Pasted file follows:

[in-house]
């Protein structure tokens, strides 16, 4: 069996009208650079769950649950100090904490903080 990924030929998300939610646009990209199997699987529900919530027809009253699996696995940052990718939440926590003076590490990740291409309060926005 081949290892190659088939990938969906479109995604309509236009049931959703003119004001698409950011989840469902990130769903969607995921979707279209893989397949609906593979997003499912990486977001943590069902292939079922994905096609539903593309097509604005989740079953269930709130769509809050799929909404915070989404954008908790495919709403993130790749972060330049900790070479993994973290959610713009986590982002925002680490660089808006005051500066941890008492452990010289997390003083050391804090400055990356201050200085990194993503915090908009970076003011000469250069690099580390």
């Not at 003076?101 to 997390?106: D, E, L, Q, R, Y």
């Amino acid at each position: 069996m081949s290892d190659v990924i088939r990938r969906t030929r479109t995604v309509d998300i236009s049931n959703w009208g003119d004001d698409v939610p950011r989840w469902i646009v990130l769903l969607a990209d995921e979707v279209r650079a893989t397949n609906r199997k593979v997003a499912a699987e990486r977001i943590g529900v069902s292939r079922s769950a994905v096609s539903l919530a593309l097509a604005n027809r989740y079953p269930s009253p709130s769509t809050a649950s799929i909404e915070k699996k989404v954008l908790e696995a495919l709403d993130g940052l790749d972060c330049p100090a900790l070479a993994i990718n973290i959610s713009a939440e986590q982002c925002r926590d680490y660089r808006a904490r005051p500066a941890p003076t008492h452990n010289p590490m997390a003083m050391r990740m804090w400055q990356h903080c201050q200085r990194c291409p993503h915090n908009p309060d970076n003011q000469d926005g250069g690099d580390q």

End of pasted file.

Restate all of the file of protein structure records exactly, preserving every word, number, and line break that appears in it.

[in-house]
């Protein structure tokens, strides 16, 4: 069996009208650079769950649950100090904490903080 990924030929998300939610646009990209199997699987529900919530027809009253699996696995940052990718939440926590003076590490990740291409309060926005 081949290892190659088939990938969906479109995604309509236009049931959703003119004001698409950011989840469902990130769903969607995921979707279209893989397949609906593979997003499912990486977001943590069902292939079922994905096609539903593309097509604005989740079953269930709130769509809050799929909404915070989404954008908790495919709403993130790749972060330049900790070479993994973290959610713009986590982002925002680490660089808006005051500066941890008492452990010289997390003083050391804090400055990356201050200085990194993503915090908009970076003011000469250069690099580390």
């Not at 003076?101 to 997390?106: D, E, L, Q, R, Y």
């Amino acid at each position: 069996m081949s290892d190659v990924i088939r990938r969906t030929r479109t995604v309509d998300i236009s049931n959703w009208g003119d004001d698409v939610p950011r989840w469902i646009v990130l769903l969607a990209d995921e979707v279209r650079a893989t397949n609906r199997k593979v997003a499912a699987e990486r977001i943590g529900v069902s292939r079922s769950a994905v096609s539903l919530a593309l097509a604005n027809r989740y079953p269930s009253p709130s769509t809050a649950s799929i909404e915070k699996k989404v954008l908790e696995a495919l709403d993130g940052l790749d972060c330049p100090a900790l070479a993994i990718n973290i959610s713009a939440e986590q982002c925002r926590d680490y660089r808006a904490r005051p500066a941890p003076t008492h452990n010289p590490m997390a003083m050391r990740m804090w400055q990356h903080c201050q200085r990194c291409p993503h915090n908009p309060d970076n003011q000469d926005g250069g690099d580390q």